Rotten Tomatoes gives Beats Per Minute (BPM) a 98% rating.
Check out BPM’s official site.
Watch the BPM trailer on YouTube. 
BPM screens this Sunday, December 3, 2017 in Hartford, CT, a co-presentation with REAL ART WAYS and Out Film CT.

L.A. Law: Season 3

November 27, 2017

I’m maxed out on L.A. Law seasons here in the States. The Region 1 DVDs only go as far as Season 3 which I just finished. Damn. I guess this is the end of the road for me – for now. I sure wish someone would stream all eight seasons. I know it changed a lot over the years. After Susan Dey left, I stopped watching. But I’d love to see where it goes and if I could stay with it. Meanwhile, Season 3 continued the excellence of the first two seasons. Great stories, Lots of humor. And the women really shine in this series. Very balanced characters gender-wise. Probably a big deal back in the 80’s to execute that. Even the Roxanne character proves not everyone who works for a law firm manages their money or even makes enough in the first place. Mickey and Grace are on the rocks, Ann and Stuart try to make a baby, Abby ventures out on her own, Jonathan finds his footing, and Victor continues to work strong. Season 3 truly features the classic cast. Still holds up after more than 30 years. 5 out of 5 for this television legal drama that not only paved the way for many other shows like it, but inspired many people to become lawyers.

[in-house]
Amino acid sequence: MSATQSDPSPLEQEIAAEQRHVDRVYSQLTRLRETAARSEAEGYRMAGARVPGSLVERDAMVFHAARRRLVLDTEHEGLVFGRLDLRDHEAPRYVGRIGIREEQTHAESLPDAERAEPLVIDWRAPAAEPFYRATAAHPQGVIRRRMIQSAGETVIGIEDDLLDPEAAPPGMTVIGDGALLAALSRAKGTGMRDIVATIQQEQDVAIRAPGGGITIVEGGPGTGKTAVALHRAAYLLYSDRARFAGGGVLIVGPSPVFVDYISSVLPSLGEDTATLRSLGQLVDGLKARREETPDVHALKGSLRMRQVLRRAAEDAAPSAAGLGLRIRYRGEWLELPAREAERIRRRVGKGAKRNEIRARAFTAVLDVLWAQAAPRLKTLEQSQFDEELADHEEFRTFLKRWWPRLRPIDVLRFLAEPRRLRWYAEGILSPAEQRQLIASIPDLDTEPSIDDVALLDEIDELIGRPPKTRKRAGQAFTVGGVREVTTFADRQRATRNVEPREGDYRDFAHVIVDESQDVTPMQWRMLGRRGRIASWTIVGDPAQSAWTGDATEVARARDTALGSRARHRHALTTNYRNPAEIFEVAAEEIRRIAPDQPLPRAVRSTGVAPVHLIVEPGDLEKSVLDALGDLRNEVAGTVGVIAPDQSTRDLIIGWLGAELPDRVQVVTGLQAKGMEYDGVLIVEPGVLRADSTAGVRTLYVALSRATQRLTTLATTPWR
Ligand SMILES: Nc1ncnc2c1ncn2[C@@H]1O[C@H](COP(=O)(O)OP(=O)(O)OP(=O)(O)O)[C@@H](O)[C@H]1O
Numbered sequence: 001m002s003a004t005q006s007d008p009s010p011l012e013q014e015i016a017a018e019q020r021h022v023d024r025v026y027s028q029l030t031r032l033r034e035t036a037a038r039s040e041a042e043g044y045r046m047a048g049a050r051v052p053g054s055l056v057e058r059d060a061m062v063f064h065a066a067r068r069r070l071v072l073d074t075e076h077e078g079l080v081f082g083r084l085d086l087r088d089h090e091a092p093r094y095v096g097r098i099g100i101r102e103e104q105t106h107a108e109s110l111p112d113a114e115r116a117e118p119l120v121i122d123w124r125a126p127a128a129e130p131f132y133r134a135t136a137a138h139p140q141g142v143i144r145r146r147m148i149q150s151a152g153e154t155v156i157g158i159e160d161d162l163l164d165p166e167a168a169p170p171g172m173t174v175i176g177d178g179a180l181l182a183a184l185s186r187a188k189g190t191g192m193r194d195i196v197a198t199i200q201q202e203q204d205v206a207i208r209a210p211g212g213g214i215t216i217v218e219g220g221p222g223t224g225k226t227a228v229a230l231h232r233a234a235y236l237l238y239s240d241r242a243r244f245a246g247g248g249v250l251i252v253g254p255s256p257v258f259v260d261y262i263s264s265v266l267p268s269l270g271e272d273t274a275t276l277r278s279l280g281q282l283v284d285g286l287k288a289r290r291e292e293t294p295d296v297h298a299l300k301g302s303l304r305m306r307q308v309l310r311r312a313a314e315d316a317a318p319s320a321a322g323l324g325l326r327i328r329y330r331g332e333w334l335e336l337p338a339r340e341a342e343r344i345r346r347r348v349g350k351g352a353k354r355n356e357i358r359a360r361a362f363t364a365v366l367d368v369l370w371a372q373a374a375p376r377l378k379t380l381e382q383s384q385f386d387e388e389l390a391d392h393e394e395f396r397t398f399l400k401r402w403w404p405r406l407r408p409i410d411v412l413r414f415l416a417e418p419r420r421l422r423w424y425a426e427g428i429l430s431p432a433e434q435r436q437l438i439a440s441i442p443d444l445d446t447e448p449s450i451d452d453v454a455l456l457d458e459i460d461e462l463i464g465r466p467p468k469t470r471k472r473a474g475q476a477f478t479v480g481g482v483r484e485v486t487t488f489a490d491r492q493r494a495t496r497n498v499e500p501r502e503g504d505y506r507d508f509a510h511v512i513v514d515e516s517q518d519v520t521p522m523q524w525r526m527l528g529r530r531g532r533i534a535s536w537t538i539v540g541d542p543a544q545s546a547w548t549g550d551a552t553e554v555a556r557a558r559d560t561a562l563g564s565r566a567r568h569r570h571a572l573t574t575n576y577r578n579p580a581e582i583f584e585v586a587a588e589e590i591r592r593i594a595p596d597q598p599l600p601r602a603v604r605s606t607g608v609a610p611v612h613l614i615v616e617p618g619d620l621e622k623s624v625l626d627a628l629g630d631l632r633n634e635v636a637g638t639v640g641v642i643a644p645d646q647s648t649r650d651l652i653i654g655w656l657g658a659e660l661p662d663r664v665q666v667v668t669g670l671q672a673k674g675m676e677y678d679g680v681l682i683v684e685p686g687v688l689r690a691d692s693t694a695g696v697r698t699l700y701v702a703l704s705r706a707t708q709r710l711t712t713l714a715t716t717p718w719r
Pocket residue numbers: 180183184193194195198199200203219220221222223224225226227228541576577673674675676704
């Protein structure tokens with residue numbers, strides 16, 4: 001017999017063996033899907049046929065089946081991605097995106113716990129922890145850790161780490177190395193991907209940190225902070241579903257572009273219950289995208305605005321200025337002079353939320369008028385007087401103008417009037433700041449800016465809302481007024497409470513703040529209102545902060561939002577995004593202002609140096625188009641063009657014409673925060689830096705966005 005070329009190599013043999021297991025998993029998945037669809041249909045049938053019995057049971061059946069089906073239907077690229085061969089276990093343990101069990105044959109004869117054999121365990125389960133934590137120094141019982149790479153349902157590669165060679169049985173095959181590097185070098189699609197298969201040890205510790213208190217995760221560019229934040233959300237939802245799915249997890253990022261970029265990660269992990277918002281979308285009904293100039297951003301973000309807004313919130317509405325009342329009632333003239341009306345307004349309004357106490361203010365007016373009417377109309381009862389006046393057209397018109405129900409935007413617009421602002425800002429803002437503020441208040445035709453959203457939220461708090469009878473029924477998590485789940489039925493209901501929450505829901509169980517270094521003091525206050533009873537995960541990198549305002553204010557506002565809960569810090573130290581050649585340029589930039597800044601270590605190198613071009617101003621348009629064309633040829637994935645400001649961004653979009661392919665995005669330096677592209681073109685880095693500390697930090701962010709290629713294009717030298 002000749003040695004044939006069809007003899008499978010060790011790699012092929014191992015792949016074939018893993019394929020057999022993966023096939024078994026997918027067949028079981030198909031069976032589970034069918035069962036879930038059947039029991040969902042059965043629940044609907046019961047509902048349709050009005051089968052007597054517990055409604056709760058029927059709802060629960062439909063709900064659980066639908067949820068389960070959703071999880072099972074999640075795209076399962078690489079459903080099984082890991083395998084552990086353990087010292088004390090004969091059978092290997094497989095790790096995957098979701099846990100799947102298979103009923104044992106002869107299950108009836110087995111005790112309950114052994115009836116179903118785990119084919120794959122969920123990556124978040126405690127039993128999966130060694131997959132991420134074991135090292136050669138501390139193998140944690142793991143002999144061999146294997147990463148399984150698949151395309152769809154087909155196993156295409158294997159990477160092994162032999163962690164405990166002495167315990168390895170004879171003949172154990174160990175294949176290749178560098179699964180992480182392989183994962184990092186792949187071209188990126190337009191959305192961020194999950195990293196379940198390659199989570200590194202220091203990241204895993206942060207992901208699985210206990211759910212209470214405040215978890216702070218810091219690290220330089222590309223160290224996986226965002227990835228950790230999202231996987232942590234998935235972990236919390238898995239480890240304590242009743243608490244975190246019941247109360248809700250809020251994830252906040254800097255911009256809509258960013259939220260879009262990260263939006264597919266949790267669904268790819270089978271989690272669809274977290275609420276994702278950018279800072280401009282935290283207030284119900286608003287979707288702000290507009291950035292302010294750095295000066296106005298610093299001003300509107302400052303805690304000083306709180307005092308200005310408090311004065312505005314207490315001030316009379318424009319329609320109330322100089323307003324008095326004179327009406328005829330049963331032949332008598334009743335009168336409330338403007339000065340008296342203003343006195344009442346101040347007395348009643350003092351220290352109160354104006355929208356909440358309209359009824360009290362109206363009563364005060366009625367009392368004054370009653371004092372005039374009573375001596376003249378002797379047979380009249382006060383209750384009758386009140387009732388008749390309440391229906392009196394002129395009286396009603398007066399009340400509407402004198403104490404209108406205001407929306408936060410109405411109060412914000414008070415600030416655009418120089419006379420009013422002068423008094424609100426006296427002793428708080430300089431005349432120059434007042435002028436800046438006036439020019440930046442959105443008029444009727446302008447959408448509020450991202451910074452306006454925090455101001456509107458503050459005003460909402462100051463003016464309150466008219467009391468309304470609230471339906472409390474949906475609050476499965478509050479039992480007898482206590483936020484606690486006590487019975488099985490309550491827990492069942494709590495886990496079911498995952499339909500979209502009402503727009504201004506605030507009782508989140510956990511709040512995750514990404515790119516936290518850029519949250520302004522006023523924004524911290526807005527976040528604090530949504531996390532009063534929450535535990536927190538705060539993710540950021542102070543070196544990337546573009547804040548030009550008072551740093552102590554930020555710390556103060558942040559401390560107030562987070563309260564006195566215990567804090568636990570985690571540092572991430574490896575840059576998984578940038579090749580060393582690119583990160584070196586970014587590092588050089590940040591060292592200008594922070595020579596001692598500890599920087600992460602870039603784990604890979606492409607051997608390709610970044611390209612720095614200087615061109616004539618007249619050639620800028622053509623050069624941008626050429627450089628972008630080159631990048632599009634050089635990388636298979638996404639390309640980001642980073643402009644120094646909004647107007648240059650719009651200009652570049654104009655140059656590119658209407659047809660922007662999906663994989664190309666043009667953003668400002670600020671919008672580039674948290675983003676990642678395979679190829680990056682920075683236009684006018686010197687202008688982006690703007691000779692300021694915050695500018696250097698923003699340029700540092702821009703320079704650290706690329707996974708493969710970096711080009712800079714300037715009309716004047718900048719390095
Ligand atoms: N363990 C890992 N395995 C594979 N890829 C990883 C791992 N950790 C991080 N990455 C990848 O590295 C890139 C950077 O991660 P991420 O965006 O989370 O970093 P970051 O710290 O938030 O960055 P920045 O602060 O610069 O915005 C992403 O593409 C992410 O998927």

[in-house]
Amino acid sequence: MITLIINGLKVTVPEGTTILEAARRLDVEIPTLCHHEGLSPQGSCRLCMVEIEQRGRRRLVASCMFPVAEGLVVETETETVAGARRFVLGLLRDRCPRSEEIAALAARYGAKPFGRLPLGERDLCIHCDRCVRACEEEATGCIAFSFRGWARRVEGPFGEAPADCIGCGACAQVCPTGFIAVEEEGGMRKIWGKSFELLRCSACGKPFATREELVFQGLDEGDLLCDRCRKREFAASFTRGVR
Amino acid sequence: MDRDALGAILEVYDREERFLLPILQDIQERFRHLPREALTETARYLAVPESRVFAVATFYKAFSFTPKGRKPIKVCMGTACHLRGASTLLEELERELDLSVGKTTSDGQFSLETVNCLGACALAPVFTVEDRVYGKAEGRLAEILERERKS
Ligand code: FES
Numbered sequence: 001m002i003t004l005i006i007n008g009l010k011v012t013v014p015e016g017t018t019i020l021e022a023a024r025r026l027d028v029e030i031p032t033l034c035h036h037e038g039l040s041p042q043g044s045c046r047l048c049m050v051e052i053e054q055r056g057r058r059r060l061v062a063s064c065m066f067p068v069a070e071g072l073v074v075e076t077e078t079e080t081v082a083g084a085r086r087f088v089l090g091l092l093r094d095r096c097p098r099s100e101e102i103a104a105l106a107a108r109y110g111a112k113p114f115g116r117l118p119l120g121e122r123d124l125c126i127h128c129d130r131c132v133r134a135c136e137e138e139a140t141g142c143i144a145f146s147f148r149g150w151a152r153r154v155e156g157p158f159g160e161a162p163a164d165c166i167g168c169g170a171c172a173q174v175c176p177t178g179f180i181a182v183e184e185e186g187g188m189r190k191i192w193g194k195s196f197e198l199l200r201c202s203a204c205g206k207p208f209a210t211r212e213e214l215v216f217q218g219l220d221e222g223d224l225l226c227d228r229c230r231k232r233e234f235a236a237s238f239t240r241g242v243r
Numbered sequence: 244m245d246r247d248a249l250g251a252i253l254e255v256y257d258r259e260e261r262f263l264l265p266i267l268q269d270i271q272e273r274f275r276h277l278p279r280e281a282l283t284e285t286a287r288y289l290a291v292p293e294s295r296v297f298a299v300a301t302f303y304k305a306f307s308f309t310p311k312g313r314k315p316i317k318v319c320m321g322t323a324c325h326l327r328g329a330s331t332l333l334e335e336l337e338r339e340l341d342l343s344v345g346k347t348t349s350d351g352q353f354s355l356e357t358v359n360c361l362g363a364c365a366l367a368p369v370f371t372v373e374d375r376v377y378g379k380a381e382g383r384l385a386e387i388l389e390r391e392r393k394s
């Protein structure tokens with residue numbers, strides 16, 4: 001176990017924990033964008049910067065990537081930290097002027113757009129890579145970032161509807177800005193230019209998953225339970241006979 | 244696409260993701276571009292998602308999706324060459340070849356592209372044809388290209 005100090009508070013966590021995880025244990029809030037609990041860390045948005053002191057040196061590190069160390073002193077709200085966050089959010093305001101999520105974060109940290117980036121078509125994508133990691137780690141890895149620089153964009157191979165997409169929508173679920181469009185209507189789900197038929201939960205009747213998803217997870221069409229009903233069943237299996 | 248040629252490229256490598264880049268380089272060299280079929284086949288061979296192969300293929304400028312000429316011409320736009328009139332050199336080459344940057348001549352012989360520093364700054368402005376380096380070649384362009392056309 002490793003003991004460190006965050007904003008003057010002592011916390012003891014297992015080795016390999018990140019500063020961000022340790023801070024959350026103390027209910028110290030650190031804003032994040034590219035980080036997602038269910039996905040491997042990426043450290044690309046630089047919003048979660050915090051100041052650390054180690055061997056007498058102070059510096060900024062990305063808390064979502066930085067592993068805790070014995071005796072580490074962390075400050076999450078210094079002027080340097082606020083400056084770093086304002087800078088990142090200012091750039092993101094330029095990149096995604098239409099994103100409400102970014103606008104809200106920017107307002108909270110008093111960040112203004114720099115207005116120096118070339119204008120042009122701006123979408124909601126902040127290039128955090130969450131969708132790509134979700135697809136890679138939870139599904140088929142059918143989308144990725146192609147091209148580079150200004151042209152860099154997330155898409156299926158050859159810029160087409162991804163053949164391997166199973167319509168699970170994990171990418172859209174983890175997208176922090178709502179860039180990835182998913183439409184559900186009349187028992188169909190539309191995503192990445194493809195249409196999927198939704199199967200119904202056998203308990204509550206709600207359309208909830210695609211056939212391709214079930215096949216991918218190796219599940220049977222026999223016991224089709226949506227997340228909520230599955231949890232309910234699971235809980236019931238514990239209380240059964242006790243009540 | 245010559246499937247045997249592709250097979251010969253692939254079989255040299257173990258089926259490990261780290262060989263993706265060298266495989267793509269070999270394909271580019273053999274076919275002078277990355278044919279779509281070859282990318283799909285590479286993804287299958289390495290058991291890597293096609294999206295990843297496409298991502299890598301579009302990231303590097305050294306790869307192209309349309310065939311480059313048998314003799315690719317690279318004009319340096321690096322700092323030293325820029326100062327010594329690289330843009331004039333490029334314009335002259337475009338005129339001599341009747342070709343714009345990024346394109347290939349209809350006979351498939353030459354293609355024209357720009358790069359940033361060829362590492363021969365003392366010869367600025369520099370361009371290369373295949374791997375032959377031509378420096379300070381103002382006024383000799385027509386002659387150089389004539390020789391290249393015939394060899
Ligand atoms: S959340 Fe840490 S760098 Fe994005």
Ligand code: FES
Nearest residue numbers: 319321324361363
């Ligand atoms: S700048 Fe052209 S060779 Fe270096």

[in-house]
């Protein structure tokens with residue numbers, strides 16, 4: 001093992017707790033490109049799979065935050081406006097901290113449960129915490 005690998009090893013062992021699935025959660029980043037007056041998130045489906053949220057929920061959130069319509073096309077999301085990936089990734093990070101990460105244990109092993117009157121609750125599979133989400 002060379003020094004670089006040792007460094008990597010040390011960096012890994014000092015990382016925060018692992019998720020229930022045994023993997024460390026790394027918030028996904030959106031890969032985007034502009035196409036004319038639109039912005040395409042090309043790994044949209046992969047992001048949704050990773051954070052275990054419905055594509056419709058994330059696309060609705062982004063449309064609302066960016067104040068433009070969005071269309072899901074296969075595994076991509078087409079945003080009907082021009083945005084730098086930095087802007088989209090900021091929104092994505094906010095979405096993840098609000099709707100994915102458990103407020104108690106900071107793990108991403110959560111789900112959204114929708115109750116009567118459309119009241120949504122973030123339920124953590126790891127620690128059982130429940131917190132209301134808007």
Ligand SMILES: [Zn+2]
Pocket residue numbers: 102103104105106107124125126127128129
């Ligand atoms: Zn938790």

Mudbound

November 24, 2017

Director Dee Rees’ (Bessie, Pariah) Netflix original film, Mudbound explores the dark and violent side of race relations in post-WWII America. Based on Hillary Jordan’s novel, Mudbound tells the story of two young men, one African-American and one Caucasian who return from Europe after fighting in WWII only to be suppressed and constricted in the small mindedness of Alabama during the late 1940’s. Incredible ensemble cast featuring Jason Mitchell, Garrett Hedlund, Mary J. Blige, Jonathan Banks, Rob Morgan, Jason Clarke, and Carey Mulligan. Mudbound certainly is not an easy film to watch. But it’s essential. There is a tenderness between the two returning soldiers as they share PTSD and liquor that’s rarely seen between two straight male characters in American film. That tenderness only makes them more vulnerable to the hatred of the locals who don’t understand what these heroes need in order to live the rest of their lives healthy and happy. Mudbound assaults you with prejudice and racial violence. It also reminds you that people who leave and return for any reason, usually come back more evolved and enlightened. So there is hope for humanity subtle and deep. Director Rees created a classic work with Pariah. Mudbound feels like she’s on her way to a long and intelligent career. 4 out of 5.